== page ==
Civic, business, academic and labour leaders pushed for and got a federal taxation data operation, the major tourist attraction Science North, the relocation of the provincial Ministry of Northern Affairs, land reclamation projects and additions to existing health-care and educational facilities.

The latter includes the Northern Ontario School of Medicine, a facility shared by Sudbury’s Laurentian University and Lakehead University in Thunder Bay. It opened in 2005.

“We were tired of our children moving away from Sudbury when they grew up,” says former mayor Jim Gordon.

“We were very determined to go after things. And when someone in government or a company told us no, we just kept coming back until we got it.”

The new initiatives reduced dependency on the two mining companies and helped stabilize the economy. The city didn’t grow much, but it didn’t decline either despite continuing lean years in the mining industry.

There were some missteps along the way, including a Queen’s Park-funded major sheep farm to produce angora wool for the clothing industry. It collapsed in a comedy of business errors and never produced one plush angora sweater.

At the same time, the existing mining-equipment and services sector emerged as a major force. It provided some of the key innovation and products – including cutting-edge drilling equipment and underground vehicles – that the industry needed to lower production costs. There was a market for them not just locally, but around the world. The sector has expanded from about 100 companies in Sudbury to more than 355, employing more than 13,000 workers – far more than the Big Two. Firms such as MacDowell Equipment, Bristol Machine, B and D Manufacturing, Carrière Industrial Supply and Anmar Mechanical are now international players.

“There is now a very visible entrepreneurial class in the mining industry here,” says Dick DeStefano, executive director of the Sudbury Area Mining Supply and Service Association. “The region has created a significant pool of expertise that is unmatched in Canada and internationally,”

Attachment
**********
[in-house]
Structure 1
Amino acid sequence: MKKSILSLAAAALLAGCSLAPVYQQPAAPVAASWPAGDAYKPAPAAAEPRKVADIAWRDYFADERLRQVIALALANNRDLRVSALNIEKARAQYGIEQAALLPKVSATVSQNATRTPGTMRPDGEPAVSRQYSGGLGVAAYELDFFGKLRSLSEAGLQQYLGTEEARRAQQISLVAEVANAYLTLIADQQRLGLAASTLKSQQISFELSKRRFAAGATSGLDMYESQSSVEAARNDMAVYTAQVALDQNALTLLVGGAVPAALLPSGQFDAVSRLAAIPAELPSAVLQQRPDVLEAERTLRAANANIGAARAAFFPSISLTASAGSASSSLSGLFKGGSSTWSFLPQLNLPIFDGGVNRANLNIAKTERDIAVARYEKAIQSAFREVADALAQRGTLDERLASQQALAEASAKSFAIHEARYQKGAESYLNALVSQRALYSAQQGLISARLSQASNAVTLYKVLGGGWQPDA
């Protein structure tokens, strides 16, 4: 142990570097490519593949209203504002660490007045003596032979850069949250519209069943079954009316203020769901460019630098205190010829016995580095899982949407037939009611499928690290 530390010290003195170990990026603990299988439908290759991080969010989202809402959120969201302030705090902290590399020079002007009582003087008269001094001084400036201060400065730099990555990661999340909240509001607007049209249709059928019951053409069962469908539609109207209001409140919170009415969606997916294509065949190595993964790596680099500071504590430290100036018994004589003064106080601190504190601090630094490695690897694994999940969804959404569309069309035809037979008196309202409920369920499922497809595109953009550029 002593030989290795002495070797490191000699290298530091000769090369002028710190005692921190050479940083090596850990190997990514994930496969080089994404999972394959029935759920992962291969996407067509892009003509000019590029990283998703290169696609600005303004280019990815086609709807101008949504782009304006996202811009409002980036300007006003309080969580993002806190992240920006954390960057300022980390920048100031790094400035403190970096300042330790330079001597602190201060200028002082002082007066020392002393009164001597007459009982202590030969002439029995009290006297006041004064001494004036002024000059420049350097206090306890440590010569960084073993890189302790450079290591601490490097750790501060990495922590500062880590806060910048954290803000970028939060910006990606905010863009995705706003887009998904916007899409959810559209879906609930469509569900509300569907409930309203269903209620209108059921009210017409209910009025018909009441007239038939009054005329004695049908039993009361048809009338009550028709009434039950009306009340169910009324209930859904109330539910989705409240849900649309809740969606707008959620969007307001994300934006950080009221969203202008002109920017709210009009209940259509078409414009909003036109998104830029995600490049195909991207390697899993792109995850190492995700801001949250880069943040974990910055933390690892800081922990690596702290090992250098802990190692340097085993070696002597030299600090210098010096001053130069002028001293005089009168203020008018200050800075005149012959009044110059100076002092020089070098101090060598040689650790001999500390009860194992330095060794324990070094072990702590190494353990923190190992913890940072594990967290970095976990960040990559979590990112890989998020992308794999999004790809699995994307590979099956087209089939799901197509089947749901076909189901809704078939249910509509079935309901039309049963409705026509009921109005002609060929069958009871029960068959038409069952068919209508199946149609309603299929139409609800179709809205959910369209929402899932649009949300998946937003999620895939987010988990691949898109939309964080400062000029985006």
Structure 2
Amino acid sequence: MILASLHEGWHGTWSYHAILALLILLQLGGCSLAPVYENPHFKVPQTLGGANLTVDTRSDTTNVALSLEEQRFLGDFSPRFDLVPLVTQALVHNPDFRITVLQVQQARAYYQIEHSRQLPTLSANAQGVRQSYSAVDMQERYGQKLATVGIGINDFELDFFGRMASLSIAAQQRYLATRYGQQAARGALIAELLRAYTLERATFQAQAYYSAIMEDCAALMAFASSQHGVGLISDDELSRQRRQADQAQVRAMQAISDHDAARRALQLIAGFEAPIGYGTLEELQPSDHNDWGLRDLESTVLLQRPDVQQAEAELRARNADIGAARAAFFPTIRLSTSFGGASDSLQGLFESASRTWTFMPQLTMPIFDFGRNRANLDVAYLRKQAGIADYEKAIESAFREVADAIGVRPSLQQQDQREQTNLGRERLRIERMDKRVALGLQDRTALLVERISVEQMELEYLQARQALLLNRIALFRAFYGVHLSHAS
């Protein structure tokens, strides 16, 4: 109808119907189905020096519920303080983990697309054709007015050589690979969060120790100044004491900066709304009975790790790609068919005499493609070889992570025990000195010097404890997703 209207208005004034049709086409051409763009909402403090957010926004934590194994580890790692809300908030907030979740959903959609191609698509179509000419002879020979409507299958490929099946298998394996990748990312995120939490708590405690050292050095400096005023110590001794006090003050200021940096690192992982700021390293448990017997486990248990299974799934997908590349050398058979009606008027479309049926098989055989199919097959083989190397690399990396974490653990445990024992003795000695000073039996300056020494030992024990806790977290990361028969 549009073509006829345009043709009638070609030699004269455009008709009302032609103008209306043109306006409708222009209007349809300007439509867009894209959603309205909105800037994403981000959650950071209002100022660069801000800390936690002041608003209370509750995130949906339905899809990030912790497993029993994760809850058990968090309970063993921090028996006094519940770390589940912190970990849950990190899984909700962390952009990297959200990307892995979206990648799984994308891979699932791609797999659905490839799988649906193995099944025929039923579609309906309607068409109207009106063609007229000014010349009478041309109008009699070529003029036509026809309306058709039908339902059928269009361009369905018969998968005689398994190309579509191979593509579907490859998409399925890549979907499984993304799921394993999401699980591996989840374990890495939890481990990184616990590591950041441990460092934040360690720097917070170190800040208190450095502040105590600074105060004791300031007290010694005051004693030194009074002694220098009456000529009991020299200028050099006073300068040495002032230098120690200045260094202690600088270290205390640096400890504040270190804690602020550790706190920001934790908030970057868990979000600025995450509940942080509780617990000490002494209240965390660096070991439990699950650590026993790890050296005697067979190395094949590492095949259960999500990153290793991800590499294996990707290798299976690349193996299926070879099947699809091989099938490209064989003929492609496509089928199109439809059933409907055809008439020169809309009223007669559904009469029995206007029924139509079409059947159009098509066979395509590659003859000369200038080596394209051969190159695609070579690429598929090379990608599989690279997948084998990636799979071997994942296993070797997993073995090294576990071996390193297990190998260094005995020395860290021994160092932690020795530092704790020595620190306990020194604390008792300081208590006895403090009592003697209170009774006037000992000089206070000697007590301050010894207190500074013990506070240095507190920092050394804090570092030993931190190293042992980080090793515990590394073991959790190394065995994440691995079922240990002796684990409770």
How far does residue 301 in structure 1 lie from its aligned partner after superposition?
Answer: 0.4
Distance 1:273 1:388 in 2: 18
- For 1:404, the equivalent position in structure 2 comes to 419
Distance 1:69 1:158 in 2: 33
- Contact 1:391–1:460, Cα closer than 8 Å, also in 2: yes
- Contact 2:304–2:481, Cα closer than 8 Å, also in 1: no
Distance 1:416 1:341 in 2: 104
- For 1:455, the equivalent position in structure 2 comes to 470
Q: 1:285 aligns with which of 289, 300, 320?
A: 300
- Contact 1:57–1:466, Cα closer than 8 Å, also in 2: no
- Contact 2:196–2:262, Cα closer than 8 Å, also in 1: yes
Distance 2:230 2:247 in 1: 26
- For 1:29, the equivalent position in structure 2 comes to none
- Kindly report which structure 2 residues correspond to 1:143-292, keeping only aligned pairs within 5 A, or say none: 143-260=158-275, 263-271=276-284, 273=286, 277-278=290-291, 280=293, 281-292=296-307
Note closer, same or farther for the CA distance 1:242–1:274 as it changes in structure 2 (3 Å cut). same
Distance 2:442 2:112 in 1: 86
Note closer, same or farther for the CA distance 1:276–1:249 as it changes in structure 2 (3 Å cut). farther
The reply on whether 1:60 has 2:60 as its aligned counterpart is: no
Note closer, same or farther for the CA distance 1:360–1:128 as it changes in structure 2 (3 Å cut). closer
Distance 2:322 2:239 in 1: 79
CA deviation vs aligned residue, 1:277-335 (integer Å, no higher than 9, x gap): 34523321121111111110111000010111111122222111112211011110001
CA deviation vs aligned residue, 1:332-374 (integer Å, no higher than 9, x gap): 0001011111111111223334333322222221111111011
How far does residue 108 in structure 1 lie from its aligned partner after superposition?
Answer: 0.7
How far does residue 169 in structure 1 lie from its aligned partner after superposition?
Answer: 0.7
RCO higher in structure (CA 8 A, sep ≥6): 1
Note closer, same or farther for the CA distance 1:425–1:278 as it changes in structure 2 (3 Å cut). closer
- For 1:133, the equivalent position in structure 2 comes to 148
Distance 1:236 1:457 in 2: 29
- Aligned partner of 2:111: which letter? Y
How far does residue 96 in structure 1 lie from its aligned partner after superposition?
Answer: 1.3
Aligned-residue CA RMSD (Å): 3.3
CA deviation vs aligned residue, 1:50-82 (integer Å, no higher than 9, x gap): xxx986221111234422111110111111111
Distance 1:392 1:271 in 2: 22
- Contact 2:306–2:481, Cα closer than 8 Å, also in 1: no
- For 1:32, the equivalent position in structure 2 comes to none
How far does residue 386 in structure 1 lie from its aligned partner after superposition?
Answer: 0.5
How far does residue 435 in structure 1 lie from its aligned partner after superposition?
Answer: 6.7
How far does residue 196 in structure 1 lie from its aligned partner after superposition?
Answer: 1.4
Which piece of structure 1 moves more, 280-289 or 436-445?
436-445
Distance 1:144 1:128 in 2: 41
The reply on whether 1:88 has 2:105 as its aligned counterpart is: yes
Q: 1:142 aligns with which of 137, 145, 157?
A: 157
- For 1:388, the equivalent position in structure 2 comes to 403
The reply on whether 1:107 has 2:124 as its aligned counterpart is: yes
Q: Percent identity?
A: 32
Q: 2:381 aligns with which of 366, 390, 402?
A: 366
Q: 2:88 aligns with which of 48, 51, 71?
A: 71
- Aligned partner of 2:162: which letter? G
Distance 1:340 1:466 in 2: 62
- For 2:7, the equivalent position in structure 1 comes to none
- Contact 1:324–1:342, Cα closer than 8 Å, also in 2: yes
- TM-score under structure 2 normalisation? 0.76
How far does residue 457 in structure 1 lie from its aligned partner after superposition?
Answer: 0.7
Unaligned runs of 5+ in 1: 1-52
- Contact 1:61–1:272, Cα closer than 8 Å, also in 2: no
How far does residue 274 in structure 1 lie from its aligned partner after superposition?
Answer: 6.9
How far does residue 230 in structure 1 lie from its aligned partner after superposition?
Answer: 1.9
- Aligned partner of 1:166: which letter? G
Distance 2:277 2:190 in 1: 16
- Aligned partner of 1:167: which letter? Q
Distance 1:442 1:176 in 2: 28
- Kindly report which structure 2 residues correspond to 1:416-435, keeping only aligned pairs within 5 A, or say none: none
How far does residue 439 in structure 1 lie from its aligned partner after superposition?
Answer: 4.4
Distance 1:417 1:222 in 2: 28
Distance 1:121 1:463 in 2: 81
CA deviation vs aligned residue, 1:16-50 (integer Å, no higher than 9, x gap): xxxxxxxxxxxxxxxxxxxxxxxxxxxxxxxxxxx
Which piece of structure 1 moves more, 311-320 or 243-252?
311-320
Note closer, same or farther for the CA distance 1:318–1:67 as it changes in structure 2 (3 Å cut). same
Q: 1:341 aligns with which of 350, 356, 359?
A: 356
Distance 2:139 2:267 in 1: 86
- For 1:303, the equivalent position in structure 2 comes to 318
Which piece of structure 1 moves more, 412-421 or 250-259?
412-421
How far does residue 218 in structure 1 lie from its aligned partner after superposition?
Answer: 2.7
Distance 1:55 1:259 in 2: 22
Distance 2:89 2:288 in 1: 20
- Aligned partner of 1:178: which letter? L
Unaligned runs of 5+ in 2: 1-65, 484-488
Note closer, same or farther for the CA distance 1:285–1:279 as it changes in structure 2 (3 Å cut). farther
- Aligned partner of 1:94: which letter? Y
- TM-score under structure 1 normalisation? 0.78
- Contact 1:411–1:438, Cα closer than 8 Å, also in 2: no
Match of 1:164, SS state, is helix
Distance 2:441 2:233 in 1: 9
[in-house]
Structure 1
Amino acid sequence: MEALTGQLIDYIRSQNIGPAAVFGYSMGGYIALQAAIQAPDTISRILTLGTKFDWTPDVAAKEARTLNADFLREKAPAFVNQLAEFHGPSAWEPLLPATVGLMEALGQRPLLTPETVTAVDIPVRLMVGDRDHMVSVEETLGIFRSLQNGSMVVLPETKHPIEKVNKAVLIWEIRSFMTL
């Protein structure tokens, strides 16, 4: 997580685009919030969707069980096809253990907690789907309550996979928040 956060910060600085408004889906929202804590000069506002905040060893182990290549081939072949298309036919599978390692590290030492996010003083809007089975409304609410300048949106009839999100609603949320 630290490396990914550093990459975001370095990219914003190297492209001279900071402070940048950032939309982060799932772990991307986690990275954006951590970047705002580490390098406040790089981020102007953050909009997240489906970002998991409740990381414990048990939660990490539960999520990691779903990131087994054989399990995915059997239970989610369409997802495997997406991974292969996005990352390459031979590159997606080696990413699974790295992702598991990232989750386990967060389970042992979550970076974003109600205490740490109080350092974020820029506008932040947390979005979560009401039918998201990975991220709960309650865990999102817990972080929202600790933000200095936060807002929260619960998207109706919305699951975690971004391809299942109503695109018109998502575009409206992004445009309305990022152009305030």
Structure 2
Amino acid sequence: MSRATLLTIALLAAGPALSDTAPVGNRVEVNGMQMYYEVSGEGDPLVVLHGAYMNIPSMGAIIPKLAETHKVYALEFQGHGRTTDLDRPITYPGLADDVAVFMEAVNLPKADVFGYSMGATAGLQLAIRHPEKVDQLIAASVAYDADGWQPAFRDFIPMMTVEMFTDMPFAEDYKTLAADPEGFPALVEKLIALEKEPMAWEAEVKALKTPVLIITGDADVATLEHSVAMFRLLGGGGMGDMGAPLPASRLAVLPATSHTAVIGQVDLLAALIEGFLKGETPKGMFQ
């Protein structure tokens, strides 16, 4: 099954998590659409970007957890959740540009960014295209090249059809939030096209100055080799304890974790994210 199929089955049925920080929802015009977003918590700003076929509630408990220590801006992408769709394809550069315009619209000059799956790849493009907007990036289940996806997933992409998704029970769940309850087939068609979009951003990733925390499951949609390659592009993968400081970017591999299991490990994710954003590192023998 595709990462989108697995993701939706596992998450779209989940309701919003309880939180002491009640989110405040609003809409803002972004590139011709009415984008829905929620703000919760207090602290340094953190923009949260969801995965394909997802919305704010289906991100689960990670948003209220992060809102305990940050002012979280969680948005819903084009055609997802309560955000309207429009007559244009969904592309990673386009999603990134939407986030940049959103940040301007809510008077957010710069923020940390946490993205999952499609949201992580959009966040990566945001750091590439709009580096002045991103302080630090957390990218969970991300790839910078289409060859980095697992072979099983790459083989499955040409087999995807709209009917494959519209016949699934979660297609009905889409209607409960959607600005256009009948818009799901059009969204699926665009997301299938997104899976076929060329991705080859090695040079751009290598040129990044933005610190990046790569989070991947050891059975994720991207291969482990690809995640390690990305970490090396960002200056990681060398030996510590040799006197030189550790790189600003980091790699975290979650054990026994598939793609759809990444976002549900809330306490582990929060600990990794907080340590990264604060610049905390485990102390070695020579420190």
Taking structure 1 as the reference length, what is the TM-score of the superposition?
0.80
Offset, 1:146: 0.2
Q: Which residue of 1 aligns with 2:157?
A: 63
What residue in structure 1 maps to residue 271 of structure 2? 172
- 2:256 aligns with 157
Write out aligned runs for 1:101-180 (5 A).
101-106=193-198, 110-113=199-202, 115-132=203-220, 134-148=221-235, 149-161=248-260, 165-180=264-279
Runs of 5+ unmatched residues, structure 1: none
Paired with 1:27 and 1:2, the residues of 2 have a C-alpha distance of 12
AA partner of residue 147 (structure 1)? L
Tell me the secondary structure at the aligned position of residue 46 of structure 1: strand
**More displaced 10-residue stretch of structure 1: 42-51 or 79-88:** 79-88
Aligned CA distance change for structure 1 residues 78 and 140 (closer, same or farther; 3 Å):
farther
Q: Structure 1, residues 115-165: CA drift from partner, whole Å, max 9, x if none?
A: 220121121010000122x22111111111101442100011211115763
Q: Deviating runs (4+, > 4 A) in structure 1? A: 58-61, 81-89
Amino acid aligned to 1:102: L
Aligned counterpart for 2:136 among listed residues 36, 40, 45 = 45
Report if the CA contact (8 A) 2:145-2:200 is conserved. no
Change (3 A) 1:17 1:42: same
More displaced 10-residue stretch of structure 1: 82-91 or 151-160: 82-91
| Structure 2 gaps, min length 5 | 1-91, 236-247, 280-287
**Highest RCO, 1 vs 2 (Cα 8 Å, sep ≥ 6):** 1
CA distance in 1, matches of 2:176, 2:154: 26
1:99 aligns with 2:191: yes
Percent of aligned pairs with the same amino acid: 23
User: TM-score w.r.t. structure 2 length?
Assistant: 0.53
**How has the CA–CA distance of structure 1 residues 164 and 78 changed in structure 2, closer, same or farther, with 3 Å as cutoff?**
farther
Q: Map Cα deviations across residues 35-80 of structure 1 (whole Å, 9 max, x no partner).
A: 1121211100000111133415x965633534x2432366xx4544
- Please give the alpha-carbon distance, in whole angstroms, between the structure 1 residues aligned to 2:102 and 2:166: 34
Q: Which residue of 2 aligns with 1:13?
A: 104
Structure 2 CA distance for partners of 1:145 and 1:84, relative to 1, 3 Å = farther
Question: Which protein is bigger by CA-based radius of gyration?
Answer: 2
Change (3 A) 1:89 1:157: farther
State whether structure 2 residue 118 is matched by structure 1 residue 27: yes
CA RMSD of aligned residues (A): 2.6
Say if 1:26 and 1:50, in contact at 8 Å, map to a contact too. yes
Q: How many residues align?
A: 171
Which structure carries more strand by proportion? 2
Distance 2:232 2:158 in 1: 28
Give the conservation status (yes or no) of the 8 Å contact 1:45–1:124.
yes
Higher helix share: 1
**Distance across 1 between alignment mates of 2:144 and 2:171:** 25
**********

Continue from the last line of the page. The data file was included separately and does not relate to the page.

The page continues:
One such leader is Bob Lipic, who bounced around the industry as an equipment salesman for several years, eventually became a manager and then part-owner of the forerunner of Mining Technologies International, and later of MTI itself.

The company struggled for several years until the early 2000s, but pushed innovation and eventually prospered in the production of drilling systems, underground load-haul-dump vehicles and rock-crushing machines.

“The Canadian market was dying so we expanded our services even outside of mining,” recalls Lipic. “We made garbage trucks. We also had to look abroad for customers of our products to survive.”

MTI continues to strive for innovation. Last year, it teamed up with a Mississauga company to develop vehicles that reduce underground emissions through the use of hydrogen gas in internal combustion engines.

MTI’s revenues have grown from less than $10 million in the mid-1980s to more than $100 million annually.

Meanwhile, the Northern Centre of Advanced Technology (NORCAT) and the pending Centre for Excellence in Mining Innovation are the foundation for a cluster of mining-related research facilities in the community. Some local watchers are now calling the city “the Silicon Valley of the world’s mining industry.”

Or, as Paul Reid, an officer for the Greater Sudbury Development Corp., puts it: “Sudbury is the Disneyland of mining.”

Outside of mining, Laurentian University and other partners are building a centre for global research in environmental restoration for damaged fresh water bodies. It’s located beside Lake Ramsey in the heart of the city.

There are 330 lakes within the city’s wide boundaries, and many of them were ravaged by heavy pollution from the Big Two in the past.

Gordon, the former mayor and an ex-provincial cabinet minister, also laid the groundwork for getting broadband Internet services to Sudbury during the 1980s. It became a factor in attracting several call centres. The city now has 10 major ones, employing about 3,000 workers.

On the cultural front, the interactive museum Science North and an accompanying IMAX theatre have spurred development of other tourist attractions.

Meanwhile, the entertainment industry has arrived with production of the sitcom meteo+ for TFO, the French-language public education network in Ontario.

Just a few blocks away, March Entertainment produces animation programs including the CBC after-school cartoon Chilly Beach.

MAYOR JOHN Rodriguez, an NDP MP for the area for many years, contends the city must take advantage of the current boom to attract more jobs, particularly in mining services, research, educational facilities and health care. He also wants to boost small business.